Ted Cruz gets border crisis seriously wrong
July 31, 2014 at 2:31 a.m.
This is clear now that thousands of children from Central America have crossed the U.S.-Mexico border.
I've known the senator from Texas for a dozen years. And he's scary smart. Yet on immigration and asylum - in which one would expect him to bring his A game because his father, Rafael, emigrated from Cuba in 1957 - Cruz doesn't sound smart, just scary.
On NBC's "Meet the Press," Cruz blamed the crisis on "the failures of (President Obama's) immigration policy and his lawlessness."
The president's immigration policy has caused the deportation of 2 million people. You don't get much more law-and-order than that.
On "Fox News Sunday," Cruz accused Democrats of "holding these kids ransom" to pass a Senate immigration bill that he called "one of the causes of this problem." He said kids are coming "because they believe they will get amnesty."
The Senate bill would grant legal status to about half of the estimated 11 million illegal immigrants in the United States - but doesn't cover new arrivals.
It's true that many of the children told authorities that they thought they would get a "permiso" (permit) to stay in the United States. The White House insists smuggling cartels planted the rumor to gin up business. By charging about $8,000 per child to transport at least 57,000 kids across the border, smugglers could have conceivably earned more than $450 million.
Cruz isn't blaming the cartels. He's blaming Obama. However, my sources familiar with the border crisis say that some kids claim the rumor was that "Congress" had passed an amnesty. So why isn't Cruz blaming House Speaker John Boehner?
In trying to solve the border crisis, the senator mixes together three unrelated things: the Dream Act, which offered undocumented youth legal status if they went to college or joined the military and which was defeated in December 2010; a 2008 anti-human trafficking law, signed by President George W. Bush, that lets undocumented minors from Central America live with relatives in the United States while awaiting a hearing; and DACA (Deferred Action for Childhood Arrivals), a 2012 policy change by the Department of Homeland Security that lets undocumented youth brought here as children avoid deportation and apply for work permits. DACA, like the Senate bill, would not apply to the child refugees.
It's apples, oranges and bananas. Yet for conservatives, it's all one anarchic fruit salad.
Veering off course, Cruz has introduced bills that would prevent the Obama administration from expanding DACA, change the 2008 anti-human trafficking law, provide resources for state and local governments and empower border states to send the National Guard to the border.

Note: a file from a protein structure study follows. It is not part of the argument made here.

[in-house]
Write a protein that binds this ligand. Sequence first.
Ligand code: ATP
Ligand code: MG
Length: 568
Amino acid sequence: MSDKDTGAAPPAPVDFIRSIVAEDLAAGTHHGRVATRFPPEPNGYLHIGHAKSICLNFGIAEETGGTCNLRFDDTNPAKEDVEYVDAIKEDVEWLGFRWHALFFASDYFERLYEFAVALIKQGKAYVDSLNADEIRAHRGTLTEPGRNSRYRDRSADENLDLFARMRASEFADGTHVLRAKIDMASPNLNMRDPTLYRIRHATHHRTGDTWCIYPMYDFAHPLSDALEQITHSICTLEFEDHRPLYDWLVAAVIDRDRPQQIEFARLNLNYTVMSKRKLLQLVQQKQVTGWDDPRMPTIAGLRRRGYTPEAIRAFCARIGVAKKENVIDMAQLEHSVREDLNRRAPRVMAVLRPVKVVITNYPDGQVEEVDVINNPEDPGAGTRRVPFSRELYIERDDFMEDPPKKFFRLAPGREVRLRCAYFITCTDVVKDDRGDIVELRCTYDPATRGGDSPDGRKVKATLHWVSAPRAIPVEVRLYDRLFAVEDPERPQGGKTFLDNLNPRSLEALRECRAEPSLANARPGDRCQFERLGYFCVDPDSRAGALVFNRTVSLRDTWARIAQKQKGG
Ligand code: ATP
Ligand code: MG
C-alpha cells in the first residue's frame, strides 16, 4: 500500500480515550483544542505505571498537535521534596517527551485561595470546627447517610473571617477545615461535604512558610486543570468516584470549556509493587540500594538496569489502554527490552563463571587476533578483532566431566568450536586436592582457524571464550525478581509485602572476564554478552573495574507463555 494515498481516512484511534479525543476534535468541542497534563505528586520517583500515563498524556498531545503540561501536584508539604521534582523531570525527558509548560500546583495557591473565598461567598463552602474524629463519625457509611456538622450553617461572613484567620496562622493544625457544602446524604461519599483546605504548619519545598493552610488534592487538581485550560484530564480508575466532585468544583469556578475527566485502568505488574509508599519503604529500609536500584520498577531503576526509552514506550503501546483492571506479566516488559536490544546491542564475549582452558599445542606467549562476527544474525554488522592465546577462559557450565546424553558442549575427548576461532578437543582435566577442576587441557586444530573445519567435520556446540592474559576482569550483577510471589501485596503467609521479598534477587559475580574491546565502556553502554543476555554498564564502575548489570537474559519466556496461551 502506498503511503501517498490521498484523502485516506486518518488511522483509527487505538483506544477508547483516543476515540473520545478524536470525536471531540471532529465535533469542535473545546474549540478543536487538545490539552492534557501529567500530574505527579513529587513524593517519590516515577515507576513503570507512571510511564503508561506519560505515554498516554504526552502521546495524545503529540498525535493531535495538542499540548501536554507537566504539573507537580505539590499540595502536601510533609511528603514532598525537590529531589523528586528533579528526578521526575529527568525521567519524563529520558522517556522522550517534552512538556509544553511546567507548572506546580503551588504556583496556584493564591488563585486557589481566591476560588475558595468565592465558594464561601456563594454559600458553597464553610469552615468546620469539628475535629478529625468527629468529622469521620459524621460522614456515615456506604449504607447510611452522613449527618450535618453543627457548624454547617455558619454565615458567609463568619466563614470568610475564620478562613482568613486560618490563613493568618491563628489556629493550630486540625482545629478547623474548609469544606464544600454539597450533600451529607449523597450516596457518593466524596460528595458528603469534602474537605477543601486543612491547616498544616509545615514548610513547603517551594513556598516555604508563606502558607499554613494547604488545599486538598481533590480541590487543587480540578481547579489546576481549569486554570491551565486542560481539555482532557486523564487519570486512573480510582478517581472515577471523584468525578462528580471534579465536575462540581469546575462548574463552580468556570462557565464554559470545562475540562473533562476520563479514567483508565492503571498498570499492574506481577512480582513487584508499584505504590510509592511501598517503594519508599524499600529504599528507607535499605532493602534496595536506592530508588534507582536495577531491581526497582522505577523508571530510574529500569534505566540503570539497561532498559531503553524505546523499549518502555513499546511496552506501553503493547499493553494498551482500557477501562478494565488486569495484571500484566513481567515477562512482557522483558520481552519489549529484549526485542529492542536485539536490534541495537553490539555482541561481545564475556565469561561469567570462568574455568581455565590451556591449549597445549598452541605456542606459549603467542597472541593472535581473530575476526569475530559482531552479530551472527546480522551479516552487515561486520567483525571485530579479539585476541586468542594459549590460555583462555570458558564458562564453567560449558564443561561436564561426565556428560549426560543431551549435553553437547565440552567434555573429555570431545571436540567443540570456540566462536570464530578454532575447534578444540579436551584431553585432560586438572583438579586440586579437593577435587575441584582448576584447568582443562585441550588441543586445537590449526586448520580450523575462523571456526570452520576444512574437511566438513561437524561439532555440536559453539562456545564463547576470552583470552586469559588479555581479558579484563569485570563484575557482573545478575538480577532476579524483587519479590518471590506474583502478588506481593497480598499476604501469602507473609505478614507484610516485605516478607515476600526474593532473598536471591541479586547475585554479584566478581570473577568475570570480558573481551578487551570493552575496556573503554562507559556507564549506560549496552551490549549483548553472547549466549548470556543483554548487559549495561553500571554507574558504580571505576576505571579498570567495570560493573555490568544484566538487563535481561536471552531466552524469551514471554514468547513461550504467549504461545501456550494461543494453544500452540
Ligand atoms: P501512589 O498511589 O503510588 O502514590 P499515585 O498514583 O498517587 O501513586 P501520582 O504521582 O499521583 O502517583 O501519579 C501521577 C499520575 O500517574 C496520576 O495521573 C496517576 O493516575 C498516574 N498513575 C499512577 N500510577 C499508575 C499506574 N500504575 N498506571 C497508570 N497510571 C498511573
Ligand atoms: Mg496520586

Seriously? So the way to get children to stop coming here is to punish 20-somethings who have been here for years?
Behold the Republican agenda. They never liked DACA, and they're opportunistically using the border crisis as an excuse to kill it.
Yet, those dots don't connect. Check the timeline. Texas Gov. Rick Perry claims he sent Obama a letter warning about a larger-than-normal flow of Central American minors coming across the U.S.-Mexico border back in May 2012. But that was a month before DACA was unveiled.
So the kids were coming before the change in policy that Cruz insists promoted them to come.
The senator's fast-and-loose approach to the immigration issue will hurt him if he runs for president. A Hispanic Republican strategist recently told me that as badly as the GOP has done with Hispanics in recent elections, it could do more poorly in 2016 if Cruz is the nominee.
In 2012, Mitt Romney got 27 percent of the Latino vote.
"If Ted is the nominee," the strategist predicted, "he'll get even less of the Hispanic vote than Romney got."
This sounds about right. The low-water mark for Republicans is Bob Dole, who in 1996 got a paltry 21 percent of the Latino vote. Cruz could do worse. Whereas Sen. Marco Rubio, of Florida; New Mexico Gov. Susana Martinez or New Jersey Gov. Chris Christie could make inroads with Latino voters, Cruz would probably end up roadkill.
As someone whose community has entered the United States on a red carpet thanks to that Cold War relic known as the Cuban Adjustment Act of 1966, Cruz ought to tread lightly with immigrants and refugees.
Instead, he comes across as Cuban-American royalty telling less worthy peasants from Mexico and Central America to eat flan.
Write to Ruben Navarrette at San Diego Union-Tribune, P.O. Box 120191, San Diego, Calif. 92112-0191 or email firstname.lastname@example.org.